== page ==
13. 13. Indonesian GiftsGifts• Gift Giving Etiquette• Gift giving etiquette in Indonesia heavily depends on the ethnicity of the receiver.. Here are some general gift giving guidelines:• Gift giving etiquette for the Chinese:• . It is considered polite to verbally refuse a gift before accepting it. This shows that the recipient is not greedy. . Items to avoid include scissors, knives or other cutting utensils as they indicate that you want to sever the relationship. . Elaborate wrapping is expected - gold and red and considered auspicious. . Gifts are not opened when received.• Gift giving etiquette for ethnic Malays / Muslims:• . In Islam alcohol is forbidden. Only give alcohol if you know the recipient will appreciate it. . Any food substance should be "halal" - things that are not halal include anything with alcoholic ingredients or anything with pork derivatives such as gelatine. Halal meat means the animal has been slaughtered according to Islamic principles. . Offer gifts with the right hand only. . Gifts are not opened when received.• Gift giving etiquette for ethnic Indians:• . Offer gifts with the right hand only. . Wrap gifts in red, yellow or green paper or other bright colors as these bring good fortune. . Do not give leather products to a Hindu. . Do not give alcohol unless you are certain the recipient imbibes. . Gifts are not opened when received.
  14. 14. Indonesian BusinessBusiness Cards Eticate • . Business cards are normally exchanged after the initial handshake and greeting. . Business cards should display your title. This helps enhance your image and credibility. . Although not required, having one side of your card printed in Bahasa shows respect. . Give/accept cards using two hands or the right hand. . Examine a business card you receive before putting it on the table next to you or in a business card case. . It is important to treat business cards with respect. .
  15. 15. Attire• What to Wear?• . Business attire is generally conservative. . Women should dress conservatively ensuring that they are well covered from ankle to neck. Tight fitting clothes are best avoided. . Remember it is hot, so cotton or at least light clothing is best
  16. 16. Communication Styles• . Indonesians are indirect communicators. This means they do not always say what they mean. It is up to the listener to read between the lines or pay attention to gestures and body language to get the real message. . Generally speaking Indonesians speak quietly and with a subdued tone. Loud people would come across as slightly aggressive. Business is personal in Indonesia so spend time through communication to build a strong relationship. Dealing with someone face-to-face is the only effective way of doing business. . Indonesians abhor confrontation due to the potential loss of face. To be polite, they may tell you what they think you want to hear. If you offend them, they will mask their feelings and maintain a veil of civility. If an Indonesian begins to avoid you or acts coldly towards you, there is a serious problem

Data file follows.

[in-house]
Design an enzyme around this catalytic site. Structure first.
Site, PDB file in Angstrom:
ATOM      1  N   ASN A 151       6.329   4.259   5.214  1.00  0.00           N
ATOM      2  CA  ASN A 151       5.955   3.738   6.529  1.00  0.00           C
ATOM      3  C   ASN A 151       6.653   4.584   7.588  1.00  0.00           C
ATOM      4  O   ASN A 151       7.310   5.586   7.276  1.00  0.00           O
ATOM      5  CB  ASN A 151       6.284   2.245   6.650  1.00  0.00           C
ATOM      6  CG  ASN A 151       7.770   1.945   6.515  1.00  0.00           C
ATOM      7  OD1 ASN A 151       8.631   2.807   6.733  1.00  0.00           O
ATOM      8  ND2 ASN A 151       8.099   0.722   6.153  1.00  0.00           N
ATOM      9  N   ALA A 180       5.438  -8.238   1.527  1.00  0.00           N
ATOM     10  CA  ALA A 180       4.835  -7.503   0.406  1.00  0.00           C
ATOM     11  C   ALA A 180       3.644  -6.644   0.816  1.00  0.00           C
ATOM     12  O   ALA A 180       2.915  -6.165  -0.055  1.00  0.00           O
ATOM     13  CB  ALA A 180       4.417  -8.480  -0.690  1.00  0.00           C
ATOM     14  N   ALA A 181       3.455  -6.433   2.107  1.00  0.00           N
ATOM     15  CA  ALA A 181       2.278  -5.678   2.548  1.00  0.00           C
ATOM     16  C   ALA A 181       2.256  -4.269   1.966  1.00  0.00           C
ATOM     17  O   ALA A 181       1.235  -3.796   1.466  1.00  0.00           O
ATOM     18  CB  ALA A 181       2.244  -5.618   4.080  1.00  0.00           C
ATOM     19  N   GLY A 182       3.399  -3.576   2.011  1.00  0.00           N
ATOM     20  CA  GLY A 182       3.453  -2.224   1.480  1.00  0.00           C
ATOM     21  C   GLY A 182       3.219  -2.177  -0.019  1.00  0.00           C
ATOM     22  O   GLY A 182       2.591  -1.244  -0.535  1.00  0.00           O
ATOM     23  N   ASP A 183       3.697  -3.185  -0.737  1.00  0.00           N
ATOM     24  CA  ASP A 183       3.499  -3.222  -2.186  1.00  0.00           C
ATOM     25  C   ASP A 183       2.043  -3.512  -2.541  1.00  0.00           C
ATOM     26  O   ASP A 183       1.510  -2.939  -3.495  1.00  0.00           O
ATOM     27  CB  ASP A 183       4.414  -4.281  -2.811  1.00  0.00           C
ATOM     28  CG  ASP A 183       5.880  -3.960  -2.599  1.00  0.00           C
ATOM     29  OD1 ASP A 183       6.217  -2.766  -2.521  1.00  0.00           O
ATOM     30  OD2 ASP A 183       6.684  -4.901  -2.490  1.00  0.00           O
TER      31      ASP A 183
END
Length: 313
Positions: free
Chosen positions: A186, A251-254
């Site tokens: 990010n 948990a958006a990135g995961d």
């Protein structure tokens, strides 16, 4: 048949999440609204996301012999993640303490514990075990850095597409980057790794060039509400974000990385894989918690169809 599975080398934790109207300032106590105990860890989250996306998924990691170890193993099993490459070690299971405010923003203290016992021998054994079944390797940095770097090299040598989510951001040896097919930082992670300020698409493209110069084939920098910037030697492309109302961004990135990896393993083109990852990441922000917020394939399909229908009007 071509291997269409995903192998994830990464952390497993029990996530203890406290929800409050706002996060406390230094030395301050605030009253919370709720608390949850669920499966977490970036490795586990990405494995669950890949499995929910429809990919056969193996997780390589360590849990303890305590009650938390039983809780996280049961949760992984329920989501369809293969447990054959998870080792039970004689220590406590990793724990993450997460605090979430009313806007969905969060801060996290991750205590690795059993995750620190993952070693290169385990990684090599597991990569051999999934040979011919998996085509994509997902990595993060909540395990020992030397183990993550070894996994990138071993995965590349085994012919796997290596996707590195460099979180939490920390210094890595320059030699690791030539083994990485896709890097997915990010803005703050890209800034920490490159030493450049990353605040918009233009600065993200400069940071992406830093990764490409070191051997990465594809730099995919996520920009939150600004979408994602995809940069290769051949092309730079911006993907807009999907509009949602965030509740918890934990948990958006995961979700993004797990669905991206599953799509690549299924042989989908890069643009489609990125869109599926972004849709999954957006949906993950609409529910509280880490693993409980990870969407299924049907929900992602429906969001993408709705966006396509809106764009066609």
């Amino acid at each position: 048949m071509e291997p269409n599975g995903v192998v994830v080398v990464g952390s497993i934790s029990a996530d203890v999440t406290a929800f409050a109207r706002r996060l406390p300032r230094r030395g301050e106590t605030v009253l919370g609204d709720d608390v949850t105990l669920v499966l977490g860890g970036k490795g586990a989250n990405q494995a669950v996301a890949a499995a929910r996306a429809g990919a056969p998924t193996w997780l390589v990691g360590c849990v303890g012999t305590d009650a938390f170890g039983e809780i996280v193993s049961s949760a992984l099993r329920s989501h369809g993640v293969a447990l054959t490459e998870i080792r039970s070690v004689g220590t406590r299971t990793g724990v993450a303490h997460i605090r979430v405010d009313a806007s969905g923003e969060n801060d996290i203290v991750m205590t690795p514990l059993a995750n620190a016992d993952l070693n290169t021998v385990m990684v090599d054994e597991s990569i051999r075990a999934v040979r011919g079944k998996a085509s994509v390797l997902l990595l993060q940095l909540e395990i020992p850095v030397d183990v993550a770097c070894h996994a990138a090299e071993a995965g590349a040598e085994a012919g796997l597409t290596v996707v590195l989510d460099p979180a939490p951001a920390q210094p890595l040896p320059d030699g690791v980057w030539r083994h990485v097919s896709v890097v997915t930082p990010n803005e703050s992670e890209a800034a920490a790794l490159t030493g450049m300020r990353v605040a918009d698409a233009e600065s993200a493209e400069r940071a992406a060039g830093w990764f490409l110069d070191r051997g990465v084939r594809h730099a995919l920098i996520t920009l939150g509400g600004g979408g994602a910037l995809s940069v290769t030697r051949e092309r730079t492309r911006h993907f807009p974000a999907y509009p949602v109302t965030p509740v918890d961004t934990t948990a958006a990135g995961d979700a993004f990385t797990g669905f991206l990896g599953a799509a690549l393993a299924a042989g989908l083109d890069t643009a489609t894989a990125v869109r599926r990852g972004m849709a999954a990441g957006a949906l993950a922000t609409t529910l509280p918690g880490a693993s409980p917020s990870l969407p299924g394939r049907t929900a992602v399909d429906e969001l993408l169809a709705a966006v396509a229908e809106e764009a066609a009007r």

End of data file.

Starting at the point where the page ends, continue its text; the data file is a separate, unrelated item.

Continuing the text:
17. 17. Business• Business Meetings• . Initial meetings may be more about getting-to-know-you rather than business. Do not be surprised if business is not even discussed. . It is common for Indonesians to enter the meeting room according to rank. Although you do not have to do this, doing so would give a good impression. . Indonesians do not make hasty decisions because they might be viewed as not having given the matter sufficient consideration. Be prepared to exercise patience. . "Jam Karet" (rubber time) describes the Indonesian approach to time. Things are not rushed as the attitude is that everything has its time and place. Time does not bring money, good relations and harmony do. . If negotiating, avoid pressure tactics as they are likely to backfire.
  18. 18. HEALTH• Basic health information for travelers to Indonesia • A yellow fever vaccination certificate is required from travellers coming from infected areas. The countries and areas included in the yellow fever endemic zones are considered by Indonesia as infected areas. • Typhoid occurs. Poliomyelitis transmission has been interrupted in Indonesia. • Malaria risk exists throughout the year everywhere except in the main tourist resorts of Java and Bali, Jakarta municipality and other big cities where risk is only slight. The malignant form falciparum is reported to be highly resistant to chloroquine and sulfadoxine-pyrimethane. The benign form vivax is reported to be resistant to chloroquine. The recommended prophylaxis in risk areas is mefloquine. • All water should be regarded as a potential health risk. Water used for drinking, brushing teeth or making ice should have first been boiled or otherwise sterilised. Milk is unpasteurised and should be boiled. Powdered or tinned milk is available and is advised, but make sure that it is reconstituted with pure water. Avoid dairy products that are likely to have been made from unboiled milk. Only eat well-cooked meat and fish, preferably served hot. Salad and mayonnaise may carry increased risk. Vegetables should be cooked and fruit peeled. • Amoebic and bacillary dysenteries occur. Hepatitis A and E occur and hepatitis B is highly endemic. Dengue fever, giardiasis, Japanese Encephalitis and Parityphoid can occur. Tuberculosis and diphtheria vaccinations are sometimes recommended. Bilharzia (schistosomiasis) is present in central Sulawesi. Avoid swimming and paddling in fresh water; swimming pools which are well chlorinated and maintained are safe. • Rabies is present. For those at high risk, vaccination before arrival should be considered. If you are bitten, seek medical advice without delay

×